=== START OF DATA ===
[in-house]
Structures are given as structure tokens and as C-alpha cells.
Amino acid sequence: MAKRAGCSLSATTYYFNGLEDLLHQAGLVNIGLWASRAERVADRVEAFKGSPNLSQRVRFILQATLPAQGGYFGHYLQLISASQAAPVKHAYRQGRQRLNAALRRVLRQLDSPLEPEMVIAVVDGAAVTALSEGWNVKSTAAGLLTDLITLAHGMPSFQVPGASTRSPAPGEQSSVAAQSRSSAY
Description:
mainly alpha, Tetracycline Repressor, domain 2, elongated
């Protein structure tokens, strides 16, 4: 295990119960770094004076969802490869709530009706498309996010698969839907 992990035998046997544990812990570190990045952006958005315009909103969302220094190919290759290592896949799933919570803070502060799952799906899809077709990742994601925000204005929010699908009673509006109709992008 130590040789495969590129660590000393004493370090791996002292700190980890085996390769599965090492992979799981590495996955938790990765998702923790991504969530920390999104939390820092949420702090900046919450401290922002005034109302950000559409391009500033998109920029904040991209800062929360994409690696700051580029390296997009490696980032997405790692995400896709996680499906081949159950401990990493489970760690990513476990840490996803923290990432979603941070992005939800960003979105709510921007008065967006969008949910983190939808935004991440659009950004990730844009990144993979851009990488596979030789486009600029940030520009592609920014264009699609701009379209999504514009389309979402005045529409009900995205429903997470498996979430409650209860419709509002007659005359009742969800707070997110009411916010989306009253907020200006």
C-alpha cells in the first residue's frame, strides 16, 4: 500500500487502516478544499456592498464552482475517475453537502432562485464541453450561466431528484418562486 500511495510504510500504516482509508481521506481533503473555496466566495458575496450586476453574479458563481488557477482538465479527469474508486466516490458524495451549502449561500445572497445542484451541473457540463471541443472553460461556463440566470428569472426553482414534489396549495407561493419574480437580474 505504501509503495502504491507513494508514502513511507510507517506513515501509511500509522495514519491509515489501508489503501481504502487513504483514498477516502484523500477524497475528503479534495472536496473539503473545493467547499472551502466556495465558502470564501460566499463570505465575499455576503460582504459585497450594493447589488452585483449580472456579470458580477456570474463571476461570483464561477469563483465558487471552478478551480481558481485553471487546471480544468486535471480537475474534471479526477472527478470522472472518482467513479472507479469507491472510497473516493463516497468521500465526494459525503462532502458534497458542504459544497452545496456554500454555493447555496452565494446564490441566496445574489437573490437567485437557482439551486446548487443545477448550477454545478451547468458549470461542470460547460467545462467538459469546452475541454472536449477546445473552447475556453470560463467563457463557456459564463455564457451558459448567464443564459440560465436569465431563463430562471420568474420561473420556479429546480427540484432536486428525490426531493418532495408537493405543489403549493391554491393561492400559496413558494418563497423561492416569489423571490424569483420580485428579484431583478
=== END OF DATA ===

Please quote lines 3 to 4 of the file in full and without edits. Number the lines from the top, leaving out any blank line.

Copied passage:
Amino acid sequence: MAKRAGCSLSATTYYFNGLEDLLHQAGLVNIGLWASRAERVADRVEAFKGSPNLSQRVRFILQATLPAQGGYFGHYLQLISASQAAPVKHAYRQGRQRLNAALRRVLRQLDSPLEPEMVIAVVDGAAVTALSEGWNVKSTAAGLLTDLITLAHGMPSFQVPGASTRSPAPGEQSSVAAQSRSSAY
Description: